Bundy simply told him Yes.

Knight continued to get upset, “No one can work!”

“It is sometimes inconvenient to petition your government,” Bundy replied.

Each time the prosecutor would read quotes from the transcript of Bundy’s previous testimony, it seemed to get thrown back at him. “I would love for the jury to hear the whole audio,” Bundy said at one point.

The next witness was former Harney County Fire Chief Chris Briels. Briels had tendered his resignation when he caught the FBI being less-than-honest while in Burns last year. He was, basically, told to mind his own business by County Judge Steve Grasty.

Briels was also very effective with the jury, connecting with them with a few snarky comments.

At one point, Briels was asked what he first intended to do when he originally went to the Refuge. He told the court he “wanted to chew Ammon Bundy’s butt.” This produced snickers throughout the audience and jury.

Judge Anna Brown had to stop this immediately and threatened anyone that laughed again to be thrown out of the courtroom for the duration of the trial.

The government was not having their best day, but, the defendants were smiling.

5 Comments on Malheur II – Ammon Bundy Testifies

  1. It is doubtful wether Prosecutor Knight has ever tried to grill a witness of Ammon Bundy’s caliber. We saw a new definition of grace under pressure as Ammon unraveled Knight’s provocative and disingenuous challenges with simple, credible replies. I have witnessed Ammon’s coolness and resolve in the most hair-raising situation – with a gun battle hanging by a thread – and he proved himself again today. Knight could gain no traction, and was left hangin in the wind….

  2. In the midst of this leftist clown circus I have a little reason to find a chuckle or two. I remember “Hogan’s Heroes” the TV comedy hit starring a bunch of US POW’s held in a prisoner of war camp during World War II. I used to think the program was so corny, that really the guys in charge of the camp couldn’t REALLY be that stupid – but now witnessing these trials, I have to reevaluate.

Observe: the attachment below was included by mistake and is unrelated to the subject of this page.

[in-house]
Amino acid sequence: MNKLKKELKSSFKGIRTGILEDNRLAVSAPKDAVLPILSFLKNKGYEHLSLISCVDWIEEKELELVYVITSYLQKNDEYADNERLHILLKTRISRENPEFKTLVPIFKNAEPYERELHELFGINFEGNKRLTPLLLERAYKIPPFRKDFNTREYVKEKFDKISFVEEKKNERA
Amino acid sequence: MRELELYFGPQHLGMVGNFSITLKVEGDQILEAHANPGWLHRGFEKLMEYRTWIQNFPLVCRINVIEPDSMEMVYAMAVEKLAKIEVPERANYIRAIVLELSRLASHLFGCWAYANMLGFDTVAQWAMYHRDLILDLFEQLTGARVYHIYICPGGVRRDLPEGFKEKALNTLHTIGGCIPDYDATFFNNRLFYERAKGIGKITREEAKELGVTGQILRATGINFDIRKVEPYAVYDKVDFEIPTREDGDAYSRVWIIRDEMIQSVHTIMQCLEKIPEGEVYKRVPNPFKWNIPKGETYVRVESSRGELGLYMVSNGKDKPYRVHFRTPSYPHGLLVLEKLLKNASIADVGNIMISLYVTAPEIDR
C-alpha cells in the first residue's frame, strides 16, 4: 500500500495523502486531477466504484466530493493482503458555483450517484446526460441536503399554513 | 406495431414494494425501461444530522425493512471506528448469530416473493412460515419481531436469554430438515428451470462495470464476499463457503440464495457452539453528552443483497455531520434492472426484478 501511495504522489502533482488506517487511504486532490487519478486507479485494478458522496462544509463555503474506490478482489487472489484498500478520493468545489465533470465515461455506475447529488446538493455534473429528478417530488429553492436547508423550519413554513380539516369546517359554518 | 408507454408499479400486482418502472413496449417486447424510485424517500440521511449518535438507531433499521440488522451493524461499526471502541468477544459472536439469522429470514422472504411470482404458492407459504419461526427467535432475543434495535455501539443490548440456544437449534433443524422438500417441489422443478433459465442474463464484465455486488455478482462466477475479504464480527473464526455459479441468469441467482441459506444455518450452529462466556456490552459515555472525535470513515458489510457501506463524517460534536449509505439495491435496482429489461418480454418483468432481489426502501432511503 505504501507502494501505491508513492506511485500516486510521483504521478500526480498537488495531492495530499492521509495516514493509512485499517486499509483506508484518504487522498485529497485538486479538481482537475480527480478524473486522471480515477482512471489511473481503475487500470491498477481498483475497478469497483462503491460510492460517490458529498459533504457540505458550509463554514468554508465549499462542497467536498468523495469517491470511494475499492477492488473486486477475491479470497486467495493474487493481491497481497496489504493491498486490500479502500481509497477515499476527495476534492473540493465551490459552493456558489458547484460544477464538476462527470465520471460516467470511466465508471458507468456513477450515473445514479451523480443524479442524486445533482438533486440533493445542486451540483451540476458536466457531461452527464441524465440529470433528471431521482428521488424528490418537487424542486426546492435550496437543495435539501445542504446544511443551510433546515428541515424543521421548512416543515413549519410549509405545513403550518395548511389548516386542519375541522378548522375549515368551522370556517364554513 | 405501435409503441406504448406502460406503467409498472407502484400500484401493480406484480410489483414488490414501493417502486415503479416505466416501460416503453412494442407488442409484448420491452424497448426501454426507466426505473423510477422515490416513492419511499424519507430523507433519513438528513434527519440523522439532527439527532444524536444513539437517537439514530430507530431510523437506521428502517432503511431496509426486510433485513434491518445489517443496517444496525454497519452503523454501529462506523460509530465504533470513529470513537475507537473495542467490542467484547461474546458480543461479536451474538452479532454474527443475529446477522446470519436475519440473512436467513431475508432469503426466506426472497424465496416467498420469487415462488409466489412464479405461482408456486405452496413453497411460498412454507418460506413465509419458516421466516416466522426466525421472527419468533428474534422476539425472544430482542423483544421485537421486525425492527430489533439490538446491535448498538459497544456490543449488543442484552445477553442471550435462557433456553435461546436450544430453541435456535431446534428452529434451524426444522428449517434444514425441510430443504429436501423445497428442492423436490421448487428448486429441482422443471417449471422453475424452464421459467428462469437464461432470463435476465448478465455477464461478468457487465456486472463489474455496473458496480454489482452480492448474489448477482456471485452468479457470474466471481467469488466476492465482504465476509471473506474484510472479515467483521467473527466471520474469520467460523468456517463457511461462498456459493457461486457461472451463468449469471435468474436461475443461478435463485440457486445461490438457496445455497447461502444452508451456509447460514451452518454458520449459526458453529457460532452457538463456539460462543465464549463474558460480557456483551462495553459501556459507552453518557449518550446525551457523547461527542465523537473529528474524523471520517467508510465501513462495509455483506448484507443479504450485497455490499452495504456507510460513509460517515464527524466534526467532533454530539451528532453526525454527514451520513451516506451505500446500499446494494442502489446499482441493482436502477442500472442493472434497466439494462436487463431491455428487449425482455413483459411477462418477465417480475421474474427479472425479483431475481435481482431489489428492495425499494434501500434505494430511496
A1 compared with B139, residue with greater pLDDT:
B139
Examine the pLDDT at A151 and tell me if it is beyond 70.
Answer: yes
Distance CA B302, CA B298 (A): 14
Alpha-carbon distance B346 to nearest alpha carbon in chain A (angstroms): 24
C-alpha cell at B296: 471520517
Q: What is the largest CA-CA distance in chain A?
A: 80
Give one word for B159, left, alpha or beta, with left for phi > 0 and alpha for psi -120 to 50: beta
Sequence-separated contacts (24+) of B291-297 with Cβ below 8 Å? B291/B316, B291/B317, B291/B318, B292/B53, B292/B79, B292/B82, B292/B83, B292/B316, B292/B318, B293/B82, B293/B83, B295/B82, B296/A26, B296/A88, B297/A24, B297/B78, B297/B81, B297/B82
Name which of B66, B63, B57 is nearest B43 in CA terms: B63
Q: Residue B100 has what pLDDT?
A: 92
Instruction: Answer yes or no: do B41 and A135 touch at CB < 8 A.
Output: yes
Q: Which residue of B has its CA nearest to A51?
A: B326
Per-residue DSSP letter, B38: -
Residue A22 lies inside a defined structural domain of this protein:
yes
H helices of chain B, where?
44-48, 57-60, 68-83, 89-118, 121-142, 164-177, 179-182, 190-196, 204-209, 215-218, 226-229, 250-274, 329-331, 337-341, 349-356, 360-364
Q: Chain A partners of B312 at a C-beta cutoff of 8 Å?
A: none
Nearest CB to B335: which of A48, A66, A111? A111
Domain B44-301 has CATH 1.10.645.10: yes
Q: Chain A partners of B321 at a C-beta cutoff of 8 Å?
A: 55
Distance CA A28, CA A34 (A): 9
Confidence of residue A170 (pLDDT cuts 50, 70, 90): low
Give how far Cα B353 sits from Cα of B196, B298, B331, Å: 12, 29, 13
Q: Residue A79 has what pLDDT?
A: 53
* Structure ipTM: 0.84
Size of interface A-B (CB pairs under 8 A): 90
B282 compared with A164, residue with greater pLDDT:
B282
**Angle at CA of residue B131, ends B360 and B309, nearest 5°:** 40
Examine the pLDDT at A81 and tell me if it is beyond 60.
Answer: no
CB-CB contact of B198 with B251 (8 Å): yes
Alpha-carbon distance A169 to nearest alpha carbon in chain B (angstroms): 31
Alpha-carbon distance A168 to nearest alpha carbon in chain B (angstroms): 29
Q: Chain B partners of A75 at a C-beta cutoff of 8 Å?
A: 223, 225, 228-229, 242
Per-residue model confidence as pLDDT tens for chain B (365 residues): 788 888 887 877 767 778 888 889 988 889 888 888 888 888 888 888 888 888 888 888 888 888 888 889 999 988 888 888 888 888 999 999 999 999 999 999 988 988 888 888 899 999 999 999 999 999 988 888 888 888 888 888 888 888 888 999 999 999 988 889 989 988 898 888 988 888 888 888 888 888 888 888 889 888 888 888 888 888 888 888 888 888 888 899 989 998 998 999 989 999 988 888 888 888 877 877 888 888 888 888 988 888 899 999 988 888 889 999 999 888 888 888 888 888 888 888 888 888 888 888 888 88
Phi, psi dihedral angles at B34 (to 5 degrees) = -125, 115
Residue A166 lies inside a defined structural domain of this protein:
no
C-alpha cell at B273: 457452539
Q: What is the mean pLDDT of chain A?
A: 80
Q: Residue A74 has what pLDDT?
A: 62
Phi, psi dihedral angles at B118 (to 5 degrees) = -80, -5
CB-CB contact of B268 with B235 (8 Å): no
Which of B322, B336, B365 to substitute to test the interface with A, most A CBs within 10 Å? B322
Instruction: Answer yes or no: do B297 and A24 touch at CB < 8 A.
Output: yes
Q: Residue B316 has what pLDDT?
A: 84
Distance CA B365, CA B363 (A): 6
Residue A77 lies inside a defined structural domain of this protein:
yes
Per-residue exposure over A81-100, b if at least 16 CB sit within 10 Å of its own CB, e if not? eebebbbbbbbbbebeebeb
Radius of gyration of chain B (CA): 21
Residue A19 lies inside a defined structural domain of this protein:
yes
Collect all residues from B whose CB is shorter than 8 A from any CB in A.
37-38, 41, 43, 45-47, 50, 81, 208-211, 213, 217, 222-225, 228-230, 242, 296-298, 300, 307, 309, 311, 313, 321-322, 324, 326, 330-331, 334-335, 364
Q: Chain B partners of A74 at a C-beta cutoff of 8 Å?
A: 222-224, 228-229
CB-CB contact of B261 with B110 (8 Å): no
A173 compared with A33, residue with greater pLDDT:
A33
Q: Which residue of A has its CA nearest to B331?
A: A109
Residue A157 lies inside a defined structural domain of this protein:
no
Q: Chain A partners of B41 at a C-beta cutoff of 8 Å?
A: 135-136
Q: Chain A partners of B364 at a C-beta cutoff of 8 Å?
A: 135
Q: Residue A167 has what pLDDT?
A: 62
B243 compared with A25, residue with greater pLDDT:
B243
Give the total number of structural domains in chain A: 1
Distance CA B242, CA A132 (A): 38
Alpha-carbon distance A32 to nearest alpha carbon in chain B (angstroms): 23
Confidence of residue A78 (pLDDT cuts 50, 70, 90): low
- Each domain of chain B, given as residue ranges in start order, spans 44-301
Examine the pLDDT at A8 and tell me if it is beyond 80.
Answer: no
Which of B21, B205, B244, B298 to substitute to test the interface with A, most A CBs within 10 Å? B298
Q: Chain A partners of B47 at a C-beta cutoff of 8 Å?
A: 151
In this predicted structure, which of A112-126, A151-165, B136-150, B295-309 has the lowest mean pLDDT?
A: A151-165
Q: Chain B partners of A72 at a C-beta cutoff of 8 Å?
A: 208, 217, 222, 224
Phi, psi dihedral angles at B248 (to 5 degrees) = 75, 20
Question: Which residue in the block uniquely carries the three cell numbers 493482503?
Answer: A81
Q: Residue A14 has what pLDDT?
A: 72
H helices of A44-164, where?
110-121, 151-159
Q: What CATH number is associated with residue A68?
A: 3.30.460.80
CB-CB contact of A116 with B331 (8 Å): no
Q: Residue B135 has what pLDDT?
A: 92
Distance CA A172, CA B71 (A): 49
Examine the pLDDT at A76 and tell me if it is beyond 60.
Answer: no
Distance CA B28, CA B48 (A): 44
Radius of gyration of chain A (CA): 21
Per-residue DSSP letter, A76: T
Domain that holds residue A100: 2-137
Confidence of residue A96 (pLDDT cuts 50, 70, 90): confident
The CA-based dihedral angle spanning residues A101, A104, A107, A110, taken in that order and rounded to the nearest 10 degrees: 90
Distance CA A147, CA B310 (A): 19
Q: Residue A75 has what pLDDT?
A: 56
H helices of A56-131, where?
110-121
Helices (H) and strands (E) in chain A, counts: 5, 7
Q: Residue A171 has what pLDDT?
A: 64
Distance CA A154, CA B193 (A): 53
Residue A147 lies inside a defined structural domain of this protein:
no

The self serving motives of evil always provide their own transparency.
    Bundy is a true champion of the truth and seems confident that truth has the ability to prevail over the darkness of the left.
    Stay strong brother.

  3. What everybody is forgetting is that the entire prosecutorial demeanor and behavior is in violation of the law and of rules of professional conduct by a government prosecutor. People take for granted that prosecutors job description is to be an adversary to the defendants. It is not!! They are supposed to be neutral, unbiased and impartial according the rules of professional conduct. Why? Because they are paid by the taxpayer, and they work equally for the defendant as they do for the government. There job is to get at the truth, not a conviction.

    • You couldn’t be more wrong. They are called the prosecution for a reason. They are there to expose evidence against the defendants whom the government has found sufficient reason to charge with crimes. The free defense attorneys provided by the government are also paid by tax dollars. Are they supposed to be “neutral, unbiased, and impartial too”? No, that’s the judge’s and jury’s job.